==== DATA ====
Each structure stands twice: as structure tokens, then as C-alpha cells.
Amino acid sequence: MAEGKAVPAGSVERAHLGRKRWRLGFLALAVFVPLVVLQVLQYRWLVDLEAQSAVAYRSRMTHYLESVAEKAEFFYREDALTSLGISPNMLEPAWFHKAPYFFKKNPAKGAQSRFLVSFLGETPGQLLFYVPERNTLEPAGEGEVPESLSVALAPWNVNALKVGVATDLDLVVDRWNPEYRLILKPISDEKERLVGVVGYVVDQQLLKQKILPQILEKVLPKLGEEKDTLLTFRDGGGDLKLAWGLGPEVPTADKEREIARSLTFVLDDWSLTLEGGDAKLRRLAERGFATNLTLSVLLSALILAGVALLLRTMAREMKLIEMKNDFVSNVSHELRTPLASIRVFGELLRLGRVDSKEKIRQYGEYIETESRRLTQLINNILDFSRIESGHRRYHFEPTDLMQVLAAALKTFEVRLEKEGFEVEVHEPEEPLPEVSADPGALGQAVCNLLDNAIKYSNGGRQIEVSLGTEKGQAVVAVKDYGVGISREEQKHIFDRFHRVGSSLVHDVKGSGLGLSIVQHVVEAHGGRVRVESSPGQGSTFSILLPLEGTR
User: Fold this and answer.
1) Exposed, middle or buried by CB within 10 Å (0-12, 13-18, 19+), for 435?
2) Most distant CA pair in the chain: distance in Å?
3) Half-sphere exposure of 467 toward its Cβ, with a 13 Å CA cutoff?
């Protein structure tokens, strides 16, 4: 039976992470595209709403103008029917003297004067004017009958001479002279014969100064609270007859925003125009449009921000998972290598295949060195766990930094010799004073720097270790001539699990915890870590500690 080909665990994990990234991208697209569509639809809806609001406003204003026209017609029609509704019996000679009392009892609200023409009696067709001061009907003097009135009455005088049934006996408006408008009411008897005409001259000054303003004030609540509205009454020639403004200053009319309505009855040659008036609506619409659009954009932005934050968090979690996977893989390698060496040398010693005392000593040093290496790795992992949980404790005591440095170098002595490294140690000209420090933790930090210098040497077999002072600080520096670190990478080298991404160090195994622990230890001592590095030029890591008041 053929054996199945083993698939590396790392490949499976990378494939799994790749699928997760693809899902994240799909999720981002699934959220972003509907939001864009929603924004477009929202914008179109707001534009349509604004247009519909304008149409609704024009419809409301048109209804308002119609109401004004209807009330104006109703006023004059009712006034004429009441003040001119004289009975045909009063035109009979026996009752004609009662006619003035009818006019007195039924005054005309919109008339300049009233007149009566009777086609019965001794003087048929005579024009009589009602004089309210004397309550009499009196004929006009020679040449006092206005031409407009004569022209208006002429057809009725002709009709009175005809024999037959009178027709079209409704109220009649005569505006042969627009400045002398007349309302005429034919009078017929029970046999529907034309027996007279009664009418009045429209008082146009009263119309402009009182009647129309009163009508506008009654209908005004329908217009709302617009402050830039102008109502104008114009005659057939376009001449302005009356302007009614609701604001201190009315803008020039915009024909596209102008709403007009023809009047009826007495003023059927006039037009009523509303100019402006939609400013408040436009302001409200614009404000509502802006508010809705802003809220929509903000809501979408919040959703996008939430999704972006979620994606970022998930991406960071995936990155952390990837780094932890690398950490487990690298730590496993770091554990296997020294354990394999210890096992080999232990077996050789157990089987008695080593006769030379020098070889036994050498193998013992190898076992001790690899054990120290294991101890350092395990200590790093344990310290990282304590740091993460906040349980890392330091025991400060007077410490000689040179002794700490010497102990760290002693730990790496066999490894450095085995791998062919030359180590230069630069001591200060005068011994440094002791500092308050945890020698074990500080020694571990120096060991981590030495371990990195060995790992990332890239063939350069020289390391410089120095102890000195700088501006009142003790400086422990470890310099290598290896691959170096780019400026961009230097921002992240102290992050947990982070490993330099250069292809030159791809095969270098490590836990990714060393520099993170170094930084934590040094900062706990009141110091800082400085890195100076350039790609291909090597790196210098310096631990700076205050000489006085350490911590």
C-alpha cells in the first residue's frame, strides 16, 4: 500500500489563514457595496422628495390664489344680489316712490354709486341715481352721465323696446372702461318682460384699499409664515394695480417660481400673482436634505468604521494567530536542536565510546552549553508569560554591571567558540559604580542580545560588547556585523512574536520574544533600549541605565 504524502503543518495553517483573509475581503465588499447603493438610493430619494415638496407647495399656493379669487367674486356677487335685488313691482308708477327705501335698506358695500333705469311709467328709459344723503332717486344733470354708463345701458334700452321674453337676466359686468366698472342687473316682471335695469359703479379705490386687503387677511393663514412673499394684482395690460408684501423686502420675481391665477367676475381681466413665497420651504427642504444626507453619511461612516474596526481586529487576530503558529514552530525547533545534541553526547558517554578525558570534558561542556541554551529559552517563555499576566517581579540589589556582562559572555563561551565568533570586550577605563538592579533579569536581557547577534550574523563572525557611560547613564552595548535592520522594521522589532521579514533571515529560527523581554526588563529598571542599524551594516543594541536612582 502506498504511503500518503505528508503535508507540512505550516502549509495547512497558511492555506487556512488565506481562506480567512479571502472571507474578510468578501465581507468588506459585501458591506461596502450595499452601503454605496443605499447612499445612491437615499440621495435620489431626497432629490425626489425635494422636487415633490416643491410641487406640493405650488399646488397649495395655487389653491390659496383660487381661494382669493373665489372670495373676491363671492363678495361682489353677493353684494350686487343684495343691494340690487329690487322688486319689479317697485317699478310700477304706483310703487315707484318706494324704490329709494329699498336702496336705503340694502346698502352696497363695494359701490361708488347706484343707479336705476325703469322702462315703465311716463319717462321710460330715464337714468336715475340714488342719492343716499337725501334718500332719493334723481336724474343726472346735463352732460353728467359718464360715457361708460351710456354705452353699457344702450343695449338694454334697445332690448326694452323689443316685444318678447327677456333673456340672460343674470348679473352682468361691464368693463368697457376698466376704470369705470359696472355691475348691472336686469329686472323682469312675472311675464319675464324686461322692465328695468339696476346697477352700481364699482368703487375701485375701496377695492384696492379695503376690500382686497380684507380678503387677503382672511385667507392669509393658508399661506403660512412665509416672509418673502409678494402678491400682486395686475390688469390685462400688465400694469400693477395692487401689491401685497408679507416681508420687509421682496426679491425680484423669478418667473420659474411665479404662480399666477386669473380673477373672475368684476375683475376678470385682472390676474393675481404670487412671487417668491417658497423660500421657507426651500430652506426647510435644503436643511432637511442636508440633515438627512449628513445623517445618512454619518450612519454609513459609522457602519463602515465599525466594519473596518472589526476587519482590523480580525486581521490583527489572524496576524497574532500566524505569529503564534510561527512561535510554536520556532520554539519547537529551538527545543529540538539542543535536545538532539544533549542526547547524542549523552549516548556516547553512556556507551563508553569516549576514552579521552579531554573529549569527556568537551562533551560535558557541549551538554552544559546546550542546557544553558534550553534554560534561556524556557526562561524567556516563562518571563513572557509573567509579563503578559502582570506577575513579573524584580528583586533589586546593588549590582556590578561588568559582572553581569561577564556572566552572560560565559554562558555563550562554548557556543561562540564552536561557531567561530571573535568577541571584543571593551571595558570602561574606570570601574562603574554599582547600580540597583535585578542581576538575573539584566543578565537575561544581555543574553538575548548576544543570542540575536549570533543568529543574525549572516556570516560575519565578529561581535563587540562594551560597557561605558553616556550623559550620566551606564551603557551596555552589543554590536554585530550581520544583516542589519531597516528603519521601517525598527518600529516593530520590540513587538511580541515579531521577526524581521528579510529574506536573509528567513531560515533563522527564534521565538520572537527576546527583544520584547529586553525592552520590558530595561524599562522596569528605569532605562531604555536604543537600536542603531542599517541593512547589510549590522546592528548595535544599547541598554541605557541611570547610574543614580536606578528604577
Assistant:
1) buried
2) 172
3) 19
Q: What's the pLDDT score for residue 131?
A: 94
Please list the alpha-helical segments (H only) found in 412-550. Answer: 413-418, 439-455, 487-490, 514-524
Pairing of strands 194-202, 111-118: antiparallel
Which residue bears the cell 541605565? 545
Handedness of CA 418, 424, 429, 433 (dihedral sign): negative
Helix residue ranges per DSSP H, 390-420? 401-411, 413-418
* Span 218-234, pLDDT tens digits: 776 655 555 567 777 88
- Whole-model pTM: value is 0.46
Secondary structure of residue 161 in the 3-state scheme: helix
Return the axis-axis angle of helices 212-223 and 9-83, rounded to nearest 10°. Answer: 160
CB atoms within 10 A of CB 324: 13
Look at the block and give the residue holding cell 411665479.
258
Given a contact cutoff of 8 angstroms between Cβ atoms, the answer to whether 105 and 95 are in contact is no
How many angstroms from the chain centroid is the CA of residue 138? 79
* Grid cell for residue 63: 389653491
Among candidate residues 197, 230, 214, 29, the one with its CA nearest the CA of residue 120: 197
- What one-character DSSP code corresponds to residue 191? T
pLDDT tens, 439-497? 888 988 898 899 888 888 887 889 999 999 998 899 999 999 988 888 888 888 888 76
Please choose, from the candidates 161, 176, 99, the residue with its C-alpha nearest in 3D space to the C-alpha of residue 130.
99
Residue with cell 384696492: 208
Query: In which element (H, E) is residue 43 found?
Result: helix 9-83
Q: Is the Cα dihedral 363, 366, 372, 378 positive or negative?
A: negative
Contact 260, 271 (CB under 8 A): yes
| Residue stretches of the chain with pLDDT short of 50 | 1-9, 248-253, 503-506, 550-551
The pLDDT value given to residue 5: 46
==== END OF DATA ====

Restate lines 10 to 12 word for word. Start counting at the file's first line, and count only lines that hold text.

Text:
1) buried
2) 172
3) 19